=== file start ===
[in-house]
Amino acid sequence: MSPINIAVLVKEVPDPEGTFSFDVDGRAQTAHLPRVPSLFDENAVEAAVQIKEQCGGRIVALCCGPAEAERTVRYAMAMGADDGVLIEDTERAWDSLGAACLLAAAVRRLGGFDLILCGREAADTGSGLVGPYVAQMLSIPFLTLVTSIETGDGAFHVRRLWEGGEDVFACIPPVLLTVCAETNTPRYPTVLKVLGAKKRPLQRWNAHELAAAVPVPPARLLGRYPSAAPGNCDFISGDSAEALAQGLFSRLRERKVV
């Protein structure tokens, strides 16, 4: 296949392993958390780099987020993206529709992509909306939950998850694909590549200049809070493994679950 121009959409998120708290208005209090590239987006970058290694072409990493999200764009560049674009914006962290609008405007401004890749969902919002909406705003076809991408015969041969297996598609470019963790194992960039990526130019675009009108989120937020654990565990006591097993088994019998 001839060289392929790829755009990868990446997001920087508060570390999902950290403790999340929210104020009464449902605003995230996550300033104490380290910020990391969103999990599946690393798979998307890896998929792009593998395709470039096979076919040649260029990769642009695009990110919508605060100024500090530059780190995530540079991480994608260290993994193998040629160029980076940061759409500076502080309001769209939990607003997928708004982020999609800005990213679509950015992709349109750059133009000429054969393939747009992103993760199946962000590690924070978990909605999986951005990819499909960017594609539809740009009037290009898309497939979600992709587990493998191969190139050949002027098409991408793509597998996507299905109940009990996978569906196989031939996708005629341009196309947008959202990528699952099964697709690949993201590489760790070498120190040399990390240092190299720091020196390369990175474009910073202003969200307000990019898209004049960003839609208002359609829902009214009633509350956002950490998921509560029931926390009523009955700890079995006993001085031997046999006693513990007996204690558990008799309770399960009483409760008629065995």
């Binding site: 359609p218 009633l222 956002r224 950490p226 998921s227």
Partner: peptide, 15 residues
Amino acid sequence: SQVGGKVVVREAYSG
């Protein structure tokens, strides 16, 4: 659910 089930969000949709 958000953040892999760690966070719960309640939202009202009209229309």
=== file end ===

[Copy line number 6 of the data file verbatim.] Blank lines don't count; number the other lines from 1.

Amino acid sequence: SQVGGKVVVREAYSG